Meanwhile, Alaric, taken at unawares, short of men and short of money,

was endeavouring to remedy the latter deficiency by a depreciation of

the currency. To swell his slender battalions he evidently looked to his

father-in-law, Theodoric, whose peace-making letter had ended with these

words: We look upon your enemy as the common enemy of all. Whoever

strives against you will rightly have to deal with me, as a foe. Yet

notwithstanding this assurance, no Ostrogothic troops came at this time

to the help of the Visigoths. In the great dearth of historical

material, our account of these transactions has to be made up from

scattered and fragmentary notices, which do not enable us to explain

this strange inaction of so true-hearted an ally. It is not imputed to

him as a fault by any contemporary authority, and it seems reasonable to

suppose that not the will, but the power, to help his menaced son-in-law

was wanting. One alarming change in the situation had revealed itself

since Theodoric ordered his secretary to write the letters recommending

an anti-Frankish confederacy of kings. Gundobad the Burgundian was now

the declared ally of Clovis, and promised himself a share of the spoil.

So powerful an enemy on the flank, threatening the communications of the

two Gothic states, may very probably have been the reason why no timely

succour was sent from Ravenna to Toulouse.

Clovis and his Frankish host, hungering for the spoil, pressed forwards,

and succeeded, apparently without opposition, in crossing the broad

river Loire. Alaric had taken up a strong position at the Campus

Vogladensis (Vouille: dep. Vienne), about ten miles from Poitiers.

Here he wished to remain on the defensive till the expected succours

from Theodoric could arrive, but his soldiers, confident in their power

to beat the Franks unassisted, began to revile their king's over-caution

and his father-in-law's delay, and forced Alaric to fight.[102] The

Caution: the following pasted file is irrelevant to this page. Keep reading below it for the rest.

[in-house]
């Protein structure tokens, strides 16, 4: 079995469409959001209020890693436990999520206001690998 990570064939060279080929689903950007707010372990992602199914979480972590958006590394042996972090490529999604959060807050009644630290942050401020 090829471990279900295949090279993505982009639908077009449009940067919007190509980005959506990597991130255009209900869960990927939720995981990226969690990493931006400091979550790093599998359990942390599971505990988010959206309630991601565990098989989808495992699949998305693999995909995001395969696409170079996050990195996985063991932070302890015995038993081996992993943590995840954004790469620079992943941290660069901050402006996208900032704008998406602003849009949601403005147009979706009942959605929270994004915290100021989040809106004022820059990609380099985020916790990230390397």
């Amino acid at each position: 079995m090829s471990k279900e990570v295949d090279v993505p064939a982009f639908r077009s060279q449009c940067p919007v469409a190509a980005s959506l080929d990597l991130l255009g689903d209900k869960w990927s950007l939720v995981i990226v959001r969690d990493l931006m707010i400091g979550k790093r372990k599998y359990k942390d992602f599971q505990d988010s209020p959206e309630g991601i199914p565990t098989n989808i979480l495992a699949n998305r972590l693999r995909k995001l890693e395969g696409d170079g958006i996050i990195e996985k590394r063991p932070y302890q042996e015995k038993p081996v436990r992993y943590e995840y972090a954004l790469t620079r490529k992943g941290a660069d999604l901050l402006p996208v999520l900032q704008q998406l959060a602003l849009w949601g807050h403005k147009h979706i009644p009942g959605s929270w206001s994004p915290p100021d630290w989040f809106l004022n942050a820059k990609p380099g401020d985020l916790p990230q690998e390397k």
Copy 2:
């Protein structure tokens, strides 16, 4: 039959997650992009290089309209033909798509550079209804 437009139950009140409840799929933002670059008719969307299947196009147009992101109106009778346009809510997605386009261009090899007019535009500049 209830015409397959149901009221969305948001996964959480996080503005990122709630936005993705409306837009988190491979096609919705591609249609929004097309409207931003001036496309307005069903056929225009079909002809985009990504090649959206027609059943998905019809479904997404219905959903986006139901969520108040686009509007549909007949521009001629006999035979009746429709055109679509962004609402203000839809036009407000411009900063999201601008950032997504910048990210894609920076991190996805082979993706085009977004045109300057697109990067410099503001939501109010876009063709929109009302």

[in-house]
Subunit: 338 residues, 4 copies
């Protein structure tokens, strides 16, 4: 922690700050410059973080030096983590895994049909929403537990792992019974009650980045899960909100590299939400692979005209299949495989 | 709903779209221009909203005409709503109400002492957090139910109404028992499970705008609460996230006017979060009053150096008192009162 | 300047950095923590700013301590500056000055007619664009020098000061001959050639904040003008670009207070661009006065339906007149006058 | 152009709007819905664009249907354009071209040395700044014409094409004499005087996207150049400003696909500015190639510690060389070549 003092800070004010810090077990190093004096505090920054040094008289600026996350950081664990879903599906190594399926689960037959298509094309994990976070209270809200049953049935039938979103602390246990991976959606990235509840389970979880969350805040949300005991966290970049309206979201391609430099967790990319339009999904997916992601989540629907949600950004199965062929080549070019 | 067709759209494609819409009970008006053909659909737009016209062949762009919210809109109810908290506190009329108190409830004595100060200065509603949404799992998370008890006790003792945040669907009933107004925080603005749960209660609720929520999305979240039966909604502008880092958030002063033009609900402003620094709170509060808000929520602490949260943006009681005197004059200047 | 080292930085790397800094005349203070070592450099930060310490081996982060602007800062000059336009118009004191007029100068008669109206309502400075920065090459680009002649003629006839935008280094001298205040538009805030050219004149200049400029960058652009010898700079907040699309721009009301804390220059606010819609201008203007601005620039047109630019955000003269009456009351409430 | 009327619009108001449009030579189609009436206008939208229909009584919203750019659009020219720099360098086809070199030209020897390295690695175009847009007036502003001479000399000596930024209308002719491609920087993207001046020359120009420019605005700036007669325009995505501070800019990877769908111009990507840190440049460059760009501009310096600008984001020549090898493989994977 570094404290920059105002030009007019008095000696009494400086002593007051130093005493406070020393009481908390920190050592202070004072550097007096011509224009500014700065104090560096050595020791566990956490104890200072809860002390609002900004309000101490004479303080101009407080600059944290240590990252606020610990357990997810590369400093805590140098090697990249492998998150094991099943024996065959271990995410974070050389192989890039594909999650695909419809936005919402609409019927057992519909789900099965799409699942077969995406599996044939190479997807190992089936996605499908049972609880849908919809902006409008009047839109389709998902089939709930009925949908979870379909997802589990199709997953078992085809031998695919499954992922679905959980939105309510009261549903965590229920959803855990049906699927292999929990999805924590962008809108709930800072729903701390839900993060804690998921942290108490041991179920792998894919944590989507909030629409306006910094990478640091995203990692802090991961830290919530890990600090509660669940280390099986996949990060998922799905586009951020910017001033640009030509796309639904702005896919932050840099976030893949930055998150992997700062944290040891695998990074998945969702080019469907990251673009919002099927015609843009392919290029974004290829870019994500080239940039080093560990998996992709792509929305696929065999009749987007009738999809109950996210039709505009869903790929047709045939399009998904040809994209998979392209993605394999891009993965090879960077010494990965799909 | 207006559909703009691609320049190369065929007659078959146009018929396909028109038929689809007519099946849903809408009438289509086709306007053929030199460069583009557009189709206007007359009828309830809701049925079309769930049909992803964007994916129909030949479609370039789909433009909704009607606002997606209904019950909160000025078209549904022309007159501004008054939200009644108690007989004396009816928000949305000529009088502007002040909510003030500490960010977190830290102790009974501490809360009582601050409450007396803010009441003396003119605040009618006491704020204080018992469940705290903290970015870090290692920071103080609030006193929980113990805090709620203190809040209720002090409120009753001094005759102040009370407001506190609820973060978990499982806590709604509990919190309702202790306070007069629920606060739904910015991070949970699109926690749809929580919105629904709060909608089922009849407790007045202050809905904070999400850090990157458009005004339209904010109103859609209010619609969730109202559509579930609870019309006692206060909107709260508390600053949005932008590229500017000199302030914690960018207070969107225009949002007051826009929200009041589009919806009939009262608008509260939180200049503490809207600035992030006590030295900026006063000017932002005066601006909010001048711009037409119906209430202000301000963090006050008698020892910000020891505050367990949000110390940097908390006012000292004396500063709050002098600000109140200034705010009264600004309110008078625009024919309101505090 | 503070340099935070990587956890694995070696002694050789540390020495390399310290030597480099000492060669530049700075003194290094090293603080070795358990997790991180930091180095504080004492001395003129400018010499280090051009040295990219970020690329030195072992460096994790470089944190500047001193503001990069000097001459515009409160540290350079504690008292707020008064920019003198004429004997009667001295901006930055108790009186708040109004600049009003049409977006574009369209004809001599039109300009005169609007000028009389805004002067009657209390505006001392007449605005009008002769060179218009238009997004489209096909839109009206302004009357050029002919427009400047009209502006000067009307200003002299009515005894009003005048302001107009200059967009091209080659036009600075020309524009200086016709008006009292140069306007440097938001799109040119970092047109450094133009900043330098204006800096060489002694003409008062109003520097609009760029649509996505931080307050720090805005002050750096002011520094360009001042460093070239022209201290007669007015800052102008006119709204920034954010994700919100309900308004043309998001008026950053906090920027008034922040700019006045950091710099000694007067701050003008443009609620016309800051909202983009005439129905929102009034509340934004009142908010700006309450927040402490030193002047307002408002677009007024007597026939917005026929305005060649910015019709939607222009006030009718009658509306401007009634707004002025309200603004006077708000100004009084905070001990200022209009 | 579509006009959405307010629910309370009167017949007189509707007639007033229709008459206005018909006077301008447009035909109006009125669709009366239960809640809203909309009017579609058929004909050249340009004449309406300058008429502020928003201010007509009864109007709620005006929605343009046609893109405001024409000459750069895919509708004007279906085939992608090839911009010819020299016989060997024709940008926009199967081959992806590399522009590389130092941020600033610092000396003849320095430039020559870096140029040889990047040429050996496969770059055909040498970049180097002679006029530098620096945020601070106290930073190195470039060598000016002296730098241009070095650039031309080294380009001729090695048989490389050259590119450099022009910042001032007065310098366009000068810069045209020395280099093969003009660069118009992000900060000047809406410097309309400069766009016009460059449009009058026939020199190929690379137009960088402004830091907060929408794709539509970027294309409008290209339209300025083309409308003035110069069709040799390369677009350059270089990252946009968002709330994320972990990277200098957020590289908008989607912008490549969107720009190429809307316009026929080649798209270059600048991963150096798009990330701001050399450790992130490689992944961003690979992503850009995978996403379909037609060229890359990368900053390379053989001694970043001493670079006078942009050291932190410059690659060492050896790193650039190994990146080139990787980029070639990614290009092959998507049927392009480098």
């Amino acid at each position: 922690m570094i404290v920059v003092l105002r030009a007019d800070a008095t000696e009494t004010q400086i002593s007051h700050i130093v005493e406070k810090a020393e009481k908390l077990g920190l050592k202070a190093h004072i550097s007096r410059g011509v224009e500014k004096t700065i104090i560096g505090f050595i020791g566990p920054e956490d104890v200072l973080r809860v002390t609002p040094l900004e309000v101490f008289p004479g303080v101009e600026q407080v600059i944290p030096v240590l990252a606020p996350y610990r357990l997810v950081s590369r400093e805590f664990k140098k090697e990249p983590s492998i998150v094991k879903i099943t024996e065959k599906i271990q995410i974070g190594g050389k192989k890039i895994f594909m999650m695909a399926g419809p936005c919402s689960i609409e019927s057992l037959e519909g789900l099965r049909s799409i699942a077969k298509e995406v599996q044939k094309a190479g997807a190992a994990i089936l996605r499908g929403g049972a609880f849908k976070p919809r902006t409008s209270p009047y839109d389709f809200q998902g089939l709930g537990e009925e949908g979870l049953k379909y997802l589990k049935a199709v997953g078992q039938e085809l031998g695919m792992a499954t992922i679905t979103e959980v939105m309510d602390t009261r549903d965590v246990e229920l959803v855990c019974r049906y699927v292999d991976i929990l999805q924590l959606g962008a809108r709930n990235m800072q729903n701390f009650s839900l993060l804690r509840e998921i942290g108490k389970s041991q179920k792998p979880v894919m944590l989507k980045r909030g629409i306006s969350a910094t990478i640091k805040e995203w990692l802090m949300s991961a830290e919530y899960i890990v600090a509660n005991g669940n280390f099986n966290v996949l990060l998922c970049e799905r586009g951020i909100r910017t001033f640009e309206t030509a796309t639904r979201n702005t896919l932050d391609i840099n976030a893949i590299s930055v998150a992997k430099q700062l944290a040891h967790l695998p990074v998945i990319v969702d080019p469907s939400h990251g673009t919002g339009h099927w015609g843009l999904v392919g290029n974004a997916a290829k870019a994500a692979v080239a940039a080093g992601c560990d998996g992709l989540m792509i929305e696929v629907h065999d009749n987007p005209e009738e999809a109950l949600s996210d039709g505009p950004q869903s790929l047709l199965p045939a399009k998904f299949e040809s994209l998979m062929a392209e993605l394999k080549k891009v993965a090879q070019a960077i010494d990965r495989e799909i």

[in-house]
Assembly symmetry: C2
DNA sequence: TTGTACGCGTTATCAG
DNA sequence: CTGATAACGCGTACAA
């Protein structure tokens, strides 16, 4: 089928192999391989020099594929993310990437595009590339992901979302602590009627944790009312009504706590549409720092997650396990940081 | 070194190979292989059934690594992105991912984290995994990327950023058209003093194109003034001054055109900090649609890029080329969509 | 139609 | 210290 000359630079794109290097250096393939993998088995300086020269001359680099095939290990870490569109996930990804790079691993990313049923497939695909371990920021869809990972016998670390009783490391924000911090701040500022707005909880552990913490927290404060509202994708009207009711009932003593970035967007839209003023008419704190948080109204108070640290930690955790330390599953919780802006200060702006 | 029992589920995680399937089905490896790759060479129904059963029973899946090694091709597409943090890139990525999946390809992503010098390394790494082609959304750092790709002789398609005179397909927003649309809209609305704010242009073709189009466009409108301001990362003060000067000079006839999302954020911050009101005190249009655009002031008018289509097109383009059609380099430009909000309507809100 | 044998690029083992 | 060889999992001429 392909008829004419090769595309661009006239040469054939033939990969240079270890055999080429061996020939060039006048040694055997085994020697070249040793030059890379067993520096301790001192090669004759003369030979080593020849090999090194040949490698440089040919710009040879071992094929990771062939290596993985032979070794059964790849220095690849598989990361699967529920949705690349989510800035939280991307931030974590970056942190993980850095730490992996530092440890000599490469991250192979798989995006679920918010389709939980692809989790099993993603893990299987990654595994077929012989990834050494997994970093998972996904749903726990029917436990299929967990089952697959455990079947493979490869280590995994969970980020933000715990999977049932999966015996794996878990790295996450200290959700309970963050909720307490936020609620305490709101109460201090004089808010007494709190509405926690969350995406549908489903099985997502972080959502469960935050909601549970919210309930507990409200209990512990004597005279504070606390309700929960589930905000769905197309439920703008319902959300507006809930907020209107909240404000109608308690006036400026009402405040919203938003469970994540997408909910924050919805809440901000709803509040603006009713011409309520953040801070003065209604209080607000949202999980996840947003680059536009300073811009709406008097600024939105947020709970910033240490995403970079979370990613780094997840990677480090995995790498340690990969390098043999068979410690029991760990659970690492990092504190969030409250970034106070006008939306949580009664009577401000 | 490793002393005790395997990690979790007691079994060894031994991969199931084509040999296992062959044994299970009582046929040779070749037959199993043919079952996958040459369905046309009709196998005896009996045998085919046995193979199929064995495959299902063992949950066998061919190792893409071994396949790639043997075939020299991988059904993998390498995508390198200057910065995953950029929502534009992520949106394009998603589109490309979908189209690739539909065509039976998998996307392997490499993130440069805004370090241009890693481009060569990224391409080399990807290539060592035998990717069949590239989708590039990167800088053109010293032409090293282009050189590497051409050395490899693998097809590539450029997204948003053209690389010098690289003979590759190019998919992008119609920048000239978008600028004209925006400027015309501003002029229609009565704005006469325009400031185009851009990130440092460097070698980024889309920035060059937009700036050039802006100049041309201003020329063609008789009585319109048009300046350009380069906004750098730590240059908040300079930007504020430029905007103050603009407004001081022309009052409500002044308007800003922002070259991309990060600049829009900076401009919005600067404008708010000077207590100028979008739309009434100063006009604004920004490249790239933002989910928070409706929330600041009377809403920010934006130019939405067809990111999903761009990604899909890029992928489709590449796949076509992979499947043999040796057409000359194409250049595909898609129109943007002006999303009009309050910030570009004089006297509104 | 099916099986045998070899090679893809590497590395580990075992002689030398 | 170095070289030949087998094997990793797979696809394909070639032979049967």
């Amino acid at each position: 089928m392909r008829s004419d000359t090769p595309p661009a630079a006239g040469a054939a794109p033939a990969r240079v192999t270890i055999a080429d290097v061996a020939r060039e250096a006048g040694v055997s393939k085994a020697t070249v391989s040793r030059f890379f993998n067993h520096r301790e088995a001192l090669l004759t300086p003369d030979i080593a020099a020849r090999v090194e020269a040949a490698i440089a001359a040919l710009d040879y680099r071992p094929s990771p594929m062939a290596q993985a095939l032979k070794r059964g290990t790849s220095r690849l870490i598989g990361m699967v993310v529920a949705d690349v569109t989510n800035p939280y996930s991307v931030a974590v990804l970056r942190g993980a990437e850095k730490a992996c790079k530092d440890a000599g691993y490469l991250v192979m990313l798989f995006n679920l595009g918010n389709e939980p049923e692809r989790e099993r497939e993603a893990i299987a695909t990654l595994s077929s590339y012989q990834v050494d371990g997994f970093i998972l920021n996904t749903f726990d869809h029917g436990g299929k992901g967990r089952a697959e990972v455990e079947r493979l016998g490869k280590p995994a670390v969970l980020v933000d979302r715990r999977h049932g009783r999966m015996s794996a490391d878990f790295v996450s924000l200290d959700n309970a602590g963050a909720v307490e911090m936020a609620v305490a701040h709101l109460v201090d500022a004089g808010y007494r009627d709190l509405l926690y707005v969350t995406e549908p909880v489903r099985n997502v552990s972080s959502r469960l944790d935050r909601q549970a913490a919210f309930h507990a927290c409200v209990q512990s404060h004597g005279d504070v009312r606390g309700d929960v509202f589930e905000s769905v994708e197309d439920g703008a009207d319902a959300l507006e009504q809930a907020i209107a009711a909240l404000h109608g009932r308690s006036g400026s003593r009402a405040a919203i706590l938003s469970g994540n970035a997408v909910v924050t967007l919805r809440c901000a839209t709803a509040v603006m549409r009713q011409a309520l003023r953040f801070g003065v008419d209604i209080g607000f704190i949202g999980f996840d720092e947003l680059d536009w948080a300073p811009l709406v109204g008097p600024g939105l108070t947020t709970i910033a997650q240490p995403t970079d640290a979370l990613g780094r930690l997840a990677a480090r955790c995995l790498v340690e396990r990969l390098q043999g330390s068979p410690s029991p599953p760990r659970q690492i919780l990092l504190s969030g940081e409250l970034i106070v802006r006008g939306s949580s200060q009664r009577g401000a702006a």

Goths began hurling their missile weapons, but the daring Franks rushed

in upon them and commenced a hand-to-hand encounter, in which they were

completely victorious. The Goths turned to flee, and Clovis, riding up

to where Alaric was fighting, slew him with his own hand. He himself had

immediately afterwards a narrow escape from two of the enemy, who,

coming suddenly upon him, thrust their long spears at him, one on each

side. The strength of his coat of mail, however, and the speed of his

horse saved him from a disaster which might possibly even then have

turned the tide of victory.

The result of this battle was the complete overthrow of the Visigothic

kingdom of Toulouse. In a certain sense it survived, and for two

centuries played a great part in Europe as the Spanish kingdom of

Toledo, but, as competitors for dominion in Gaul, the Visigoths

henceforward disappear from history. There seems to have been a certain

want of toughness in the Visigothic fibre, a tendency to rashness

combined with a tendency to panic, which made it possible for their

enemies to achieve a complete triumph over them in a single battle.

(376) Athanaric staked his all on one battle with the Huns, and lost, by

the rivers of Bessarabia. (507) Alaric II., as we have seen, staked his

all on one battle with the Franks, and lost, on the Campus Vogladensis.

(701) Two centuries later Roderic staked his all upon one battle with

the Moors, and lost, at Xeres de la Frontera.

All through the year 507 the allied forces of Franks and Burgundians

seem to have poured over the south-west and south of Gaul, annexing

Angouleme, Saintonge, Auvergne, and Gascony to the dominions of Clovis,

and Provence to the dominions of Gundobad. Only the strong city of

Aries, and perhaps the fortress of Carcassonne (that most interesting

relic of the early Middle Ages, which still shows the handiwork of

Visigothic kings in its walls), still held out for the son of Alaric.

In 508 the long delayed forces of Theodoric appeared upon the scene

under his brave general, Tulum, and dealt some severe blows at the

allied Frankish and Burgundian armies. In 509 another army, under Duke

Mammo, crossed the Cottian Alps near Briancon, laid waste part of

Dauphine, and probably compelled a large detachment of the Burgundian

army to return for the defence of their homes. And lastly, in 510,

Theodoric's general, Ibbas, inflicted a crushing defeat on the allied

armies, leaving, it is said, thirty thousand Franks dead upon the field.

The number is probably much exaggerated (as these historical bulletins

are apt to be), but there can be no doubt that a great and important

victory was won by the troops of Theodoric. The immediate result of this

victory was the raising of the siege of Aries, whose valiant defenders

had held out against storm and blockade, famine and treachery within,

Franks and Burgundians without, for the space of two years and a half.